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Sparkling, new pavement looks like broken glass, reader says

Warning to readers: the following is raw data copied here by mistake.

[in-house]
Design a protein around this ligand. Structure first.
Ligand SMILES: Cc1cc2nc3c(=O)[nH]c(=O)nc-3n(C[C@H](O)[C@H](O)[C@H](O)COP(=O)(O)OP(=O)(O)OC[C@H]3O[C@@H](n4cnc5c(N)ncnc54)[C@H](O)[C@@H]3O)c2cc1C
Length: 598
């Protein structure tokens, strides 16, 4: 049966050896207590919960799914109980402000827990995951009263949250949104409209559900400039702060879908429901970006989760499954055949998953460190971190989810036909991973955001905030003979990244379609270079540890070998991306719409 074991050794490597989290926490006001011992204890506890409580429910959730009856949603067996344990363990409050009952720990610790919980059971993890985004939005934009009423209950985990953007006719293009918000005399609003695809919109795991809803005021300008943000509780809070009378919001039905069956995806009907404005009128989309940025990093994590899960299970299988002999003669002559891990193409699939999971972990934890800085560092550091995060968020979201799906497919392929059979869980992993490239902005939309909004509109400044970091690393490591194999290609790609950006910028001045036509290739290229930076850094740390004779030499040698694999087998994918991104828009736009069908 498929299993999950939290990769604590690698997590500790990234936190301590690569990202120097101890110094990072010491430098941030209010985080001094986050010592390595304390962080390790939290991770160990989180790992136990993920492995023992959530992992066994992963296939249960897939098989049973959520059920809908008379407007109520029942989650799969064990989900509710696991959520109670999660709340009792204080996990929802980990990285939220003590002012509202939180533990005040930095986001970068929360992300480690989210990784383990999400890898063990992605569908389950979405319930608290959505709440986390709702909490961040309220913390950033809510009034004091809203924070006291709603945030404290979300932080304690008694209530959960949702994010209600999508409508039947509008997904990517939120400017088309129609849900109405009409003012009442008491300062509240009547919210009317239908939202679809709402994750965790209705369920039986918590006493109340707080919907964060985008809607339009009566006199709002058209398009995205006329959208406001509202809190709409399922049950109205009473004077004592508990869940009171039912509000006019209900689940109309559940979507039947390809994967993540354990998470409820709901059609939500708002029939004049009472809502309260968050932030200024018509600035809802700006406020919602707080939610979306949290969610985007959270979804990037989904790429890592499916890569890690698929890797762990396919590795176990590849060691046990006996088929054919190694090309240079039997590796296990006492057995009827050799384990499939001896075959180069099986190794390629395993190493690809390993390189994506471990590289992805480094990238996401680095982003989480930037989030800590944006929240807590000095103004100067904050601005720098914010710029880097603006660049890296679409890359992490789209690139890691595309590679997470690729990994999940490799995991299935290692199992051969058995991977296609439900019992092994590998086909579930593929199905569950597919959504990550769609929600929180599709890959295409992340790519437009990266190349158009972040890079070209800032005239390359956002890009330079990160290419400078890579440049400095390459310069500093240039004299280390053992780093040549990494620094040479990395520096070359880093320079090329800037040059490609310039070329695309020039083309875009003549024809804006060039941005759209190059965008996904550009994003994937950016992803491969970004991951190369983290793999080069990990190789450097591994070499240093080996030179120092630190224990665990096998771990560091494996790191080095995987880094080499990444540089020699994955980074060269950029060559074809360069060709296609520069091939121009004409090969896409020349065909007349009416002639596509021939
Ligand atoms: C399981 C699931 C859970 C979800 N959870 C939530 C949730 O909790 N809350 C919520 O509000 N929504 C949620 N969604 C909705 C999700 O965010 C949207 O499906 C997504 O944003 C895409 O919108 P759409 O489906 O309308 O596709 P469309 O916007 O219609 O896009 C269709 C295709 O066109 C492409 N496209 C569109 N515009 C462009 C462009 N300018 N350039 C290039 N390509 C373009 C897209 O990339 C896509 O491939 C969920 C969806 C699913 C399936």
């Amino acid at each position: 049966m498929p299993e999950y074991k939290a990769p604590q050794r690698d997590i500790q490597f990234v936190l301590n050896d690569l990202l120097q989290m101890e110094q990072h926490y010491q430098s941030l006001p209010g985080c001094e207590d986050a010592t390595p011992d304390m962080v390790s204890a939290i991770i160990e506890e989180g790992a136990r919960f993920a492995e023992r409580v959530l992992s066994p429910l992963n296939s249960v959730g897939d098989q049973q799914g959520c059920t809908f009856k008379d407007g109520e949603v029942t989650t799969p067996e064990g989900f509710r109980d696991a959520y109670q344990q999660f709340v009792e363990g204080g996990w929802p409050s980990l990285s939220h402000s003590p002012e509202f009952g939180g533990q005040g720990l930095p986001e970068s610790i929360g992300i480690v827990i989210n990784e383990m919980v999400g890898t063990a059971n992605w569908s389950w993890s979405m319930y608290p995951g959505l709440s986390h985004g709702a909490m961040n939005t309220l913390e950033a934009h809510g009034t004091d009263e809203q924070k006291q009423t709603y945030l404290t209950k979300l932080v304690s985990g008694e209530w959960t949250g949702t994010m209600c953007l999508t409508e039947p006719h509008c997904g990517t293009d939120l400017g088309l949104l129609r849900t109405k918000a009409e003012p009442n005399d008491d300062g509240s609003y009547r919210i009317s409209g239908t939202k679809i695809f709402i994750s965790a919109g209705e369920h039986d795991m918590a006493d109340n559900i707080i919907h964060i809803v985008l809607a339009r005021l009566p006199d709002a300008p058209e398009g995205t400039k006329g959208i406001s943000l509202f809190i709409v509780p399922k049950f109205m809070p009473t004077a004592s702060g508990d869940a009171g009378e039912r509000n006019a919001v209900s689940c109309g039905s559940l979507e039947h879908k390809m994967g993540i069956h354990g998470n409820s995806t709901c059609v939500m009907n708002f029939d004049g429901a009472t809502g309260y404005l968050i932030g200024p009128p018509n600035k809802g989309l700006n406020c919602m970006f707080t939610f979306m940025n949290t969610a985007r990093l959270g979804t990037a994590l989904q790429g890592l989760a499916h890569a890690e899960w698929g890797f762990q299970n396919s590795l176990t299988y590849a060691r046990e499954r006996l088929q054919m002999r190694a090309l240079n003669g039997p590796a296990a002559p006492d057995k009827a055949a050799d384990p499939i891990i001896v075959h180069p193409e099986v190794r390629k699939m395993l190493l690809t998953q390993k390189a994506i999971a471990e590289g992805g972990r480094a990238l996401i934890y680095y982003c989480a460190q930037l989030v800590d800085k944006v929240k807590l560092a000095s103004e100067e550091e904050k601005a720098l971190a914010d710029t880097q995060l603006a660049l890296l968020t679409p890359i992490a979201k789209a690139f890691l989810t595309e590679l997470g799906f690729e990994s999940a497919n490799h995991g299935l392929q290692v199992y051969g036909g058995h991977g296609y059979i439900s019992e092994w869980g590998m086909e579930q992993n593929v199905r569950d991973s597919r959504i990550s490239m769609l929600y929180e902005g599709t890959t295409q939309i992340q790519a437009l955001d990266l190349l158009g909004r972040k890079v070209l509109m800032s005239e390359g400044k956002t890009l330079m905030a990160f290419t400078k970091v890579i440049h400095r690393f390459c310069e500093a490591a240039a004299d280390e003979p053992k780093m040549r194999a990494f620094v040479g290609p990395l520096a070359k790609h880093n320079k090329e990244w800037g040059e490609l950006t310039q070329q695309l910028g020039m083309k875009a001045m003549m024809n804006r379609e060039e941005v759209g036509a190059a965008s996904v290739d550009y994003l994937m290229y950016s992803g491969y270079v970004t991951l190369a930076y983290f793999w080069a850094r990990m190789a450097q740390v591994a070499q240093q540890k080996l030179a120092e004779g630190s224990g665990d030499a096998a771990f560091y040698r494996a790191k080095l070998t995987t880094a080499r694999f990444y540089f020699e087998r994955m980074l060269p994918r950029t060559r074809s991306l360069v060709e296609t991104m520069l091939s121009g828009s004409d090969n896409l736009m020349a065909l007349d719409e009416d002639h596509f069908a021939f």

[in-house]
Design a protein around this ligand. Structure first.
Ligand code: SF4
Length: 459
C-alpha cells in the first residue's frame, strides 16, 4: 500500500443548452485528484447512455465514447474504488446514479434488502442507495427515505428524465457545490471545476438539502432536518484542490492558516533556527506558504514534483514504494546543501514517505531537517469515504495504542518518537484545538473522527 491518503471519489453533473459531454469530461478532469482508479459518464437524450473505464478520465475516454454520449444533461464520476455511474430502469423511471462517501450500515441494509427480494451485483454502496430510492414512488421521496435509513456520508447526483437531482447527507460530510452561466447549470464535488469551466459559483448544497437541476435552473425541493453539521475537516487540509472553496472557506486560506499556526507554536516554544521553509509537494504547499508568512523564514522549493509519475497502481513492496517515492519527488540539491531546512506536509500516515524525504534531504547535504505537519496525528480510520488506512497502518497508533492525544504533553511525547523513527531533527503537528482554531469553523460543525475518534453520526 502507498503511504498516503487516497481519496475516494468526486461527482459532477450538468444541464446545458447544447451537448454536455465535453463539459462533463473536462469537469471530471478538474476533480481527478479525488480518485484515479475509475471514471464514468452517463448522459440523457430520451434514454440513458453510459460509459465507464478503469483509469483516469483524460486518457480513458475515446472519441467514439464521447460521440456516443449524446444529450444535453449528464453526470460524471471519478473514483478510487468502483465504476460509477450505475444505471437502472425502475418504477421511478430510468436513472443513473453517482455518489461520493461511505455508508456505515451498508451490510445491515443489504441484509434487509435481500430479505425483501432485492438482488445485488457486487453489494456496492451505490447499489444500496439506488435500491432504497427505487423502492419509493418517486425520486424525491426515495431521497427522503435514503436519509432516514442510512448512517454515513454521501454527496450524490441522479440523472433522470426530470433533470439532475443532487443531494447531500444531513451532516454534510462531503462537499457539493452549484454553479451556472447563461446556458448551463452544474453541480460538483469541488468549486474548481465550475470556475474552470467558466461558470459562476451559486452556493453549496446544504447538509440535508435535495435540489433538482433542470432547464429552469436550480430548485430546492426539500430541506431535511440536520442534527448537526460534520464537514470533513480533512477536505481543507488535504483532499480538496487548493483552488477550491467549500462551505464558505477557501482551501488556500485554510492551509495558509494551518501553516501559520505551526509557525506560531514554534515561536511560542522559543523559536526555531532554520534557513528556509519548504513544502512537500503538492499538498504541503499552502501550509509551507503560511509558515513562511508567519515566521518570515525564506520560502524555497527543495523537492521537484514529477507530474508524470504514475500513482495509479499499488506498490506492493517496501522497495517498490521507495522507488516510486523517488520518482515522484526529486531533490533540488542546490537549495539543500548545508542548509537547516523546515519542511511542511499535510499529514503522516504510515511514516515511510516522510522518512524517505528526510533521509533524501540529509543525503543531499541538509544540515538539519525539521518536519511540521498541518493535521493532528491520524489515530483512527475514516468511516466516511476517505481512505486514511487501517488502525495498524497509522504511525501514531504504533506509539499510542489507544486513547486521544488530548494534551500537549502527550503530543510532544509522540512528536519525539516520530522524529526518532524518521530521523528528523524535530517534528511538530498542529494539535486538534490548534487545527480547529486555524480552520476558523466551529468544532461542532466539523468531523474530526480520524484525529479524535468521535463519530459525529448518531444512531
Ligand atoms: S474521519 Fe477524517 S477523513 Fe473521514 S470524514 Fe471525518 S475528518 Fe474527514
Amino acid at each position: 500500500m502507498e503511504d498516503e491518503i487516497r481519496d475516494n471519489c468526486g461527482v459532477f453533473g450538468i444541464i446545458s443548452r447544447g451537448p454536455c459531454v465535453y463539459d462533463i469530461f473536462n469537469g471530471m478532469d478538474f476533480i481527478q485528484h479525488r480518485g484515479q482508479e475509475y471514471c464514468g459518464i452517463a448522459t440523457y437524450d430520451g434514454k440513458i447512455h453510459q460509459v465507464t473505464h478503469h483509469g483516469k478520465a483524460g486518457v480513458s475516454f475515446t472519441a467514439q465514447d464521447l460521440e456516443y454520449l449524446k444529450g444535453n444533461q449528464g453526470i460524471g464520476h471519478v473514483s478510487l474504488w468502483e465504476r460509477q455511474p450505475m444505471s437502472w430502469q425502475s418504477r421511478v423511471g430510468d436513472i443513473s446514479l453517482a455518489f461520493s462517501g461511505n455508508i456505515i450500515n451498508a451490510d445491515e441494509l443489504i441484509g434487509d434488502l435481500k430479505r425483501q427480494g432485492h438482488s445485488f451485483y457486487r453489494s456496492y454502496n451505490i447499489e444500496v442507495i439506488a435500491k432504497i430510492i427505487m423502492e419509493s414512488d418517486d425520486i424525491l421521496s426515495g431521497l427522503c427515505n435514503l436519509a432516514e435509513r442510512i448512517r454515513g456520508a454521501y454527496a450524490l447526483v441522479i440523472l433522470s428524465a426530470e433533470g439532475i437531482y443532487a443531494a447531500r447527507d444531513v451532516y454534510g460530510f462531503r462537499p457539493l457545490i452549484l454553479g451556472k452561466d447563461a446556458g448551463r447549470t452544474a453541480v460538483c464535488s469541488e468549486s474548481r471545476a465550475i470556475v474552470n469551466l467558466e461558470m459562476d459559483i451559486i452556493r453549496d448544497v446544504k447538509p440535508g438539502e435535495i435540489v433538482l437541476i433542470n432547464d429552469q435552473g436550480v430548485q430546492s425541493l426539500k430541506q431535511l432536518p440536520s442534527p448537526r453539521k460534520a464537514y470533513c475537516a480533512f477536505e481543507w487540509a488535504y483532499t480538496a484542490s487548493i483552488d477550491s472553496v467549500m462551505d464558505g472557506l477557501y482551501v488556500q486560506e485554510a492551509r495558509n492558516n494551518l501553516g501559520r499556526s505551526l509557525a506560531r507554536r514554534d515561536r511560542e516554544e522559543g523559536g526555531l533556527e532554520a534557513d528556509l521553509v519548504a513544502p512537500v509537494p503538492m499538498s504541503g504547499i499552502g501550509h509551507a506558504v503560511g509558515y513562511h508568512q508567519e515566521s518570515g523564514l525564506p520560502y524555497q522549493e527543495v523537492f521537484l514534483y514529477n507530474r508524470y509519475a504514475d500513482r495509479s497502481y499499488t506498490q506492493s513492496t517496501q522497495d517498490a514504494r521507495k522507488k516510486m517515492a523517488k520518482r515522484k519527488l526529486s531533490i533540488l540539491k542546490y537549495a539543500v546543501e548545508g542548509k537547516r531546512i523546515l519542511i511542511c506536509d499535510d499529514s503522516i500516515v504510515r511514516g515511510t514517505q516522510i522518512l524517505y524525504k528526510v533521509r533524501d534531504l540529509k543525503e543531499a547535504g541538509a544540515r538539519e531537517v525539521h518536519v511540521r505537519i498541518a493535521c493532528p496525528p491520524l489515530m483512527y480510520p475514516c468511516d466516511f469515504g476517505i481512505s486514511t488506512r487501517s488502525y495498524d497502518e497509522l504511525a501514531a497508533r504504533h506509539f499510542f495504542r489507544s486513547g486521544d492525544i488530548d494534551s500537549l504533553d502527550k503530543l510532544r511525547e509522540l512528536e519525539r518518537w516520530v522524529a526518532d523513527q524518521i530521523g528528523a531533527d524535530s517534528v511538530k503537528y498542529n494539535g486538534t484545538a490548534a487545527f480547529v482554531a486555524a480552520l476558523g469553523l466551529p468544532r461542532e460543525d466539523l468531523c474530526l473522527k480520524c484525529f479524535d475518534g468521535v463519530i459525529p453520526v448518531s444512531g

Dear Street Smarts, Q: I have a question regarding most surface/pavement/asphalt on the streets of our city of Santa Cruz. As a bike commuter, I'm always scanning to make sure I won't ride into shattered glass, which happens a lot around here, yet most of the asphalt in town has some shiny little pieces that are part of it. It makes it sometimes very hard to distinguish if it's truly shattered glass or not. Is there anything in the works to stop using that type of surface? When I rode the freshly done asphalt on Miramar Drive today, it didn't look as shiny as some other streets. I'd love to know if we can try to stop using that shiny stuff. It's horrible yet I understand how costly it would be to repave. I'm very curious about this. Thank you! Sandrine Sandy Georges, Santa Cruz A: "Sand is one important component of asphalt used for paving streets," said Chris Schneiter, assistant director of the city's public works department. "Sand is also used for making glass. The sparkle factor of the streets probably depends on the amount of quartz silica that was in the sand used to make that batch of asphalt. It probably varies depending on the source." Schneiter, who admits to being "fooled a few times" while riding his own bike on a sparkly street, also said there is a wealth of knowledge about this topic online. Just use your favorite search engine. Westbound Laurel Street lane closures Oct. 27-29 Work on Laurel Street continues 8 a.m. to 5 p.m. Monday, Oct. 27 through Wednesday, Oct. 29 as crews work to pave the stretch from Mission Street to Front Street, extending 200 feet onto Laurel Street Bridge. Expect Laurel to be closed to westbound traffic between Mission and Chestnut streets Monday. Detours will take drivers, except buses and emergency vehicles, onto Walnut Street and Chestnut Street. Westbound Broadway users are urged to use Soquel Avenue and Water Street. Residents and businesses will have access to the area, which will reopen to two way traffic Tuesday. On street parking is prohibited in the project area and significant delays are expected and drivers are advised to avoid the area if they can. What's more, work may extend past 5 p.m. if bad weather or unforeseen circumstances occur. Other rehab-related Laurel Street work is expected to continue through early November. Sidewalk and ramp improvements, which began in September, are to continue through October with occasional sidewalk closures. Questions and comments about the project can be referred to Hoi Yu, assistant engineer, at 831-420-5179.
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